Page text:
A large forest tree in India, banyan can be grown for a limited time - often several years - as a pot plant. Even growing in a heated greenhouse it will reach 10m or so don't expect to be able to keep this plant for ever.
It needs to be kept in a warm place all year round. This particular species is not as popular as other Ficus which are commonly grown as house plants, and can be harder to track down.
Will not survive outside, except in the very hottest months of summer. Minimum temperature 12-15°C during the winter, 25-30°C in summer.
Usually bought as a growing plant from a garden centre.
If you are lucky enough to have a healthy plant, you can take cuttings during spring and summer by putting short pieces of young shoots, each with a single leaf into a 50/50 mixture of compost and aquarium gravel, and keeping them in a warm place out of direct sunlight. Allow the pieces of shoot to dry a little (they will exude a sticky latex) before you stick them in the compost. Make sure you put the cutting into the compost in the same direction as it was growing on the plant, with the stem which was nearest the roots on the plant facing downwards - it's easy to tell this by looking to see which way the leaves grow on the stem. You may need to prop the large leaf up with a stick to stop it breaking away from the stem.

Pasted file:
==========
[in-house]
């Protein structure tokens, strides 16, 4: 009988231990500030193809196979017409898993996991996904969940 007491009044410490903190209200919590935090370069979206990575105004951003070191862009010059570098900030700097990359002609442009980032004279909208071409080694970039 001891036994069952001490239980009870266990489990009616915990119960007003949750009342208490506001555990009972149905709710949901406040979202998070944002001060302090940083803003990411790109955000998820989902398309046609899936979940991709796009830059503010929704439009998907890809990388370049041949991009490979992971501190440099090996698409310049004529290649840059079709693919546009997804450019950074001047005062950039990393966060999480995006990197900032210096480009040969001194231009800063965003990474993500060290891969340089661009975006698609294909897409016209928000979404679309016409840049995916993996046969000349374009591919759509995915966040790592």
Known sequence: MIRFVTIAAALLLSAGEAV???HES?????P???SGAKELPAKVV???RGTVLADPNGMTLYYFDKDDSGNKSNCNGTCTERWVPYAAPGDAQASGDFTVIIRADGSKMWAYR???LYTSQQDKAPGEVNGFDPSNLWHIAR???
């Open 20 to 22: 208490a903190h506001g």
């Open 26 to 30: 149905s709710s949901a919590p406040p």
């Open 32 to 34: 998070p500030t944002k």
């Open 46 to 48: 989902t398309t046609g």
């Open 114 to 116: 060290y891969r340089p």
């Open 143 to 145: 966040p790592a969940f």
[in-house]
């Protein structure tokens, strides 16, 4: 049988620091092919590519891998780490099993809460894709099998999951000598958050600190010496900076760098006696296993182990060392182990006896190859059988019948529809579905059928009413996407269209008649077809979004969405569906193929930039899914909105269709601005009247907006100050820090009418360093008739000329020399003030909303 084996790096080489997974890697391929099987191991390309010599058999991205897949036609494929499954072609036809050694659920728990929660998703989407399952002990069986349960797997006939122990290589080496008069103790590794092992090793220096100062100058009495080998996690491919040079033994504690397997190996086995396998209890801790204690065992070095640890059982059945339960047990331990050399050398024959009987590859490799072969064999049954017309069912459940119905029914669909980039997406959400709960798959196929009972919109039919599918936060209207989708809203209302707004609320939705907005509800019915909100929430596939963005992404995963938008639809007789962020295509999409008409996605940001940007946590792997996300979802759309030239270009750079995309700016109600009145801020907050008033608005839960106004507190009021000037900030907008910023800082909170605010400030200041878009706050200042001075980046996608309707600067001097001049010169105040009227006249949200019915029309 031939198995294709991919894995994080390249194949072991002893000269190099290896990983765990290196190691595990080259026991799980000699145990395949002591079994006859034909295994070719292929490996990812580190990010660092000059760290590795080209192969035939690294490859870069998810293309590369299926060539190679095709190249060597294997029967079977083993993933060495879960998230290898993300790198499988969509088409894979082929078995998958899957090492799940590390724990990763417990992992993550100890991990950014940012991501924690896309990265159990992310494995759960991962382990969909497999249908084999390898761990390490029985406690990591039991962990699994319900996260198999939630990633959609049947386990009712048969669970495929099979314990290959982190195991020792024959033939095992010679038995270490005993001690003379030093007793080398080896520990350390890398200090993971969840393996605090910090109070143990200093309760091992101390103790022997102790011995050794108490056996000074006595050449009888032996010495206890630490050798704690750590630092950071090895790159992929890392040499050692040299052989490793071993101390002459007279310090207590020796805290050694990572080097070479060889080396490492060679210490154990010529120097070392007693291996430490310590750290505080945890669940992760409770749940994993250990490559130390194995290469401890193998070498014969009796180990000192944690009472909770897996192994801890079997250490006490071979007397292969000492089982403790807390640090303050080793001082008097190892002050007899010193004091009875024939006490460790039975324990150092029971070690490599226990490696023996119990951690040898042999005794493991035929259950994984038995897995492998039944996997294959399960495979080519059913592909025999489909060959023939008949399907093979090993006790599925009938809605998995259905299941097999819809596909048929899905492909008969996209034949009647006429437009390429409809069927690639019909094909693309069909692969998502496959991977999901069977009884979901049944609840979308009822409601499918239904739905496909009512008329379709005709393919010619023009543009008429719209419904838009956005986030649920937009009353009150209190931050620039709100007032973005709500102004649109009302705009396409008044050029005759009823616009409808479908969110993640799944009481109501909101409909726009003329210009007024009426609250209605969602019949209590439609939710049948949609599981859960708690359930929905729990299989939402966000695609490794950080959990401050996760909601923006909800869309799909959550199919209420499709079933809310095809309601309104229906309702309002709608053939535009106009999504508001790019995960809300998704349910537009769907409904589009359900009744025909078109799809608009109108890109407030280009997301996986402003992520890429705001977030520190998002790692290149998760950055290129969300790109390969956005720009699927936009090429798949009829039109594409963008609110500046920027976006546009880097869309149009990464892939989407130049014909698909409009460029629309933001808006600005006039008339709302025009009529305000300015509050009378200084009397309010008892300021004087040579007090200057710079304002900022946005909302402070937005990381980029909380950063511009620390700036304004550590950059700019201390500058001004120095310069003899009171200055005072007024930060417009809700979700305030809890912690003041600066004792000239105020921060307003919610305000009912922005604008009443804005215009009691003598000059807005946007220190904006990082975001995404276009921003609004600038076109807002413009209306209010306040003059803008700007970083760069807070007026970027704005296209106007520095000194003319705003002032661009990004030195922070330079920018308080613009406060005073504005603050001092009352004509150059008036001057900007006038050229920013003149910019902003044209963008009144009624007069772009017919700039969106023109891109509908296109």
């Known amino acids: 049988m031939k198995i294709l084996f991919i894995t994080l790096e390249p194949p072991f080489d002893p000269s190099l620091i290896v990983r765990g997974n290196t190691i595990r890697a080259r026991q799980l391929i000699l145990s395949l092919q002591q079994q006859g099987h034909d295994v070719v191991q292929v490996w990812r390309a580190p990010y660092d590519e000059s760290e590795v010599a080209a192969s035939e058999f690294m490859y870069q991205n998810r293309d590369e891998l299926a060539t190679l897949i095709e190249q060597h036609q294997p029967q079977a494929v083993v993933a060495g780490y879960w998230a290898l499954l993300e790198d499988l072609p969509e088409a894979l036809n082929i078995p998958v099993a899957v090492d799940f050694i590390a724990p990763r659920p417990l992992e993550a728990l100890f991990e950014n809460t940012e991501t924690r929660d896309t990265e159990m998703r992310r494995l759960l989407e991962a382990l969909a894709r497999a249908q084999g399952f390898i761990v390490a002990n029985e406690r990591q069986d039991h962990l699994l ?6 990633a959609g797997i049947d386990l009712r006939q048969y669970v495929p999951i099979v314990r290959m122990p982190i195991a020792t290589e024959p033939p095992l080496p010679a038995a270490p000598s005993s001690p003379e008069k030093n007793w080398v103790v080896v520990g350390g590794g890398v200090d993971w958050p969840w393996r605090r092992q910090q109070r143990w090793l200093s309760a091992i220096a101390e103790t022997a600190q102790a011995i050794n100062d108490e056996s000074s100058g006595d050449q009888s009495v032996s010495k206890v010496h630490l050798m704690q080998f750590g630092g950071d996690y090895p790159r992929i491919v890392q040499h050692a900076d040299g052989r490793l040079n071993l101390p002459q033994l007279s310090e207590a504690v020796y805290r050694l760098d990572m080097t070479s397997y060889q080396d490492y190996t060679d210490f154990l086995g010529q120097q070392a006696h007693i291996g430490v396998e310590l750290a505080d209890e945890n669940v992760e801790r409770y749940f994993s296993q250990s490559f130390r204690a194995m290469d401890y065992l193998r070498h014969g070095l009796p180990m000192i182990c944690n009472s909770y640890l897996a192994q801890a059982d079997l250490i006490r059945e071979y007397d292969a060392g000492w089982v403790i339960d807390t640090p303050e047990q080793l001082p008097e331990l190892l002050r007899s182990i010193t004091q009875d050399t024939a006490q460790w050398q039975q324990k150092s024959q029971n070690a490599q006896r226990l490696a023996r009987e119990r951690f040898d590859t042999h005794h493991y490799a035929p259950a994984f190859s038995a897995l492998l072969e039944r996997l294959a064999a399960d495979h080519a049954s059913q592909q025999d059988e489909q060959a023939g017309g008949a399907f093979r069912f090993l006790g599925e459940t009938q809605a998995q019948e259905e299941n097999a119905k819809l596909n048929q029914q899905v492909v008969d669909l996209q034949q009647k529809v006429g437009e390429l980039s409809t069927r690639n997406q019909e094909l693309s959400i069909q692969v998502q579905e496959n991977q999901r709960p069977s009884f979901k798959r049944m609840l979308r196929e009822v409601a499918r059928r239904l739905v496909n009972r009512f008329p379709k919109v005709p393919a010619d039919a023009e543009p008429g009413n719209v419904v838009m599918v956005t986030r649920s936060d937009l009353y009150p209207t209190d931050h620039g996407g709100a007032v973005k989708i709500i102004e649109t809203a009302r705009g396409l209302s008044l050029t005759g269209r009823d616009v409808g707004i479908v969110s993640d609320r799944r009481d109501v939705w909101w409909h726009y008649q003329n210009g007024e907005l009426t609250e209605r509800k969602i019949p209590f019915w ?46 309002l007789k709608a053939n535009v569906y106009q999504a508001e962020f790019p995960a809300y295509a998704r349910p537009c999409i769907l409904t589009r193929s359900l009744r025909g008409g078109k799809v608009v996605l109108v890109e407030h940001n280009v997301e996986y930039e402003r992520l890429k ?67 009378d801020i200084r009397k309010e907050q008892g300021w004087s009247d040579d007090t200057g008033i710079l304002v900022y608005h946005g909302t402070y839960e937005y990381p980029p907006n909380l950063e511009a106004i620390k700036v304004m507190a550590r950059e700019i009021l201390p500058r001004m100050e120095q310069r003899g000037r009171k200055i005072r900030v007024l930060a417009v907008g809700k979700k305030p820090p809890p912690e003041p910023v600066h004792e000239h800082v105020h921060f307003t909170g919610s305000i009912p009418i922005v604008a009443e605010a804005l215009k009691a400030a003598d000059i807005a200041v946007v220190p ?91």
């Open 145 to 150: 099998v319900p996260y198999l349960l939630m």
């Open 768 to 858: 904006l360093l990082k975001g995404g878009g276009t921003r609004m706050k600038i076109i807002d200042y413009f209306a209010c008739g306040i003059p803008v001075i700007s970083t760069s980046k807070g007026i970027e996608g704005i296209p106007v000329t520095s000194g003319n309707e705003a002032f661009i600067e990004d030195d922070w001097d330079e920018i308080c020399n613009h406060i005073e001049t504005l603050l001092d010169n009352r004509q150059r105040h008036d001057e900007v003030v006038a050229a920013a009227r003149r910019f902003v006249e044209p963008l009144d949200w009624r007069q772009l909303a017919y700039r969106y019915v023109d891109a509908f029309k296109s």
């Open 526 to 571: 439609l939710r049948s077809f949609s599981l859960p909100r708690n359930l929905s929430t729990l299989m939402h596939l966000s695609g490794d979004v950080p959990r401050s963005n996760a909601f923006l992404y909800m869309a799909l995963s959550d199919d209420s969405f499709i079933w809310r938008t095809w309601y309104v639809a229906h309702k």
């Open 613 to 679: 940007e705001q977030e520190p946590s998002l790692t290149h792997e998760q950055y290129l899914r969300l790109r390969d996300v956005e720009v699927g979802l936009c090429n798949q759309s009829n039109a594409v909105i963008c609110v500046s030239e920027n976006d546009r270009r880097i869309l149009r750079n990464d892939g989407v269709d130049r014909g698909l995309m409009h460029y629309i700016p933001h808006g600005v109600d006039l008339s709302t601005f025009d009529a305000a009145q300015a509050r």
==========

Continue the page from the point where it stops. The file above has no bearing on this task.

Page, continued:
Banyans like a light position away from direct sunlight, so a north-facing windowsill is ideal.
As the plant grows move it into a bigger flowerpot, but you may have to grow it in a pot on the floor when it gets very large! Use a good brand of ordinary potting compost to repot it with. Feed the plant occasionally with a soluble fertilizer during the summer. Banyans like to be lightly misted with a fine spray of water every day during the growing season - if you can, use rainwater for this, as tapwater sometimes leaves greyish marks on the leaves.
Plants growing in dusty classrooms will grow better if their leaves are gently sponged with a soft cloth and lukewarm water once a week, but don't apply leafshine products as they can clog up vital pores in the plant's leaves.
Red spider mite can be a problem - the plants look pale and unhappy. If you look carefully you may see a fine webbing around the base of the leaves and the stems, and sometimes tiny specks of orange or rust colour on the backs of the leaves, which are the mites. Regular misting of the plants to keep the atmosphere around the leaves humid helps stop spider mites becoming established.
Suppliers: You may find this plant in the indoor section of large garden centres.
It's sometimes called an India Rubber Plant, but has less shiny leaves than the true rubber plant, Ficus elastica.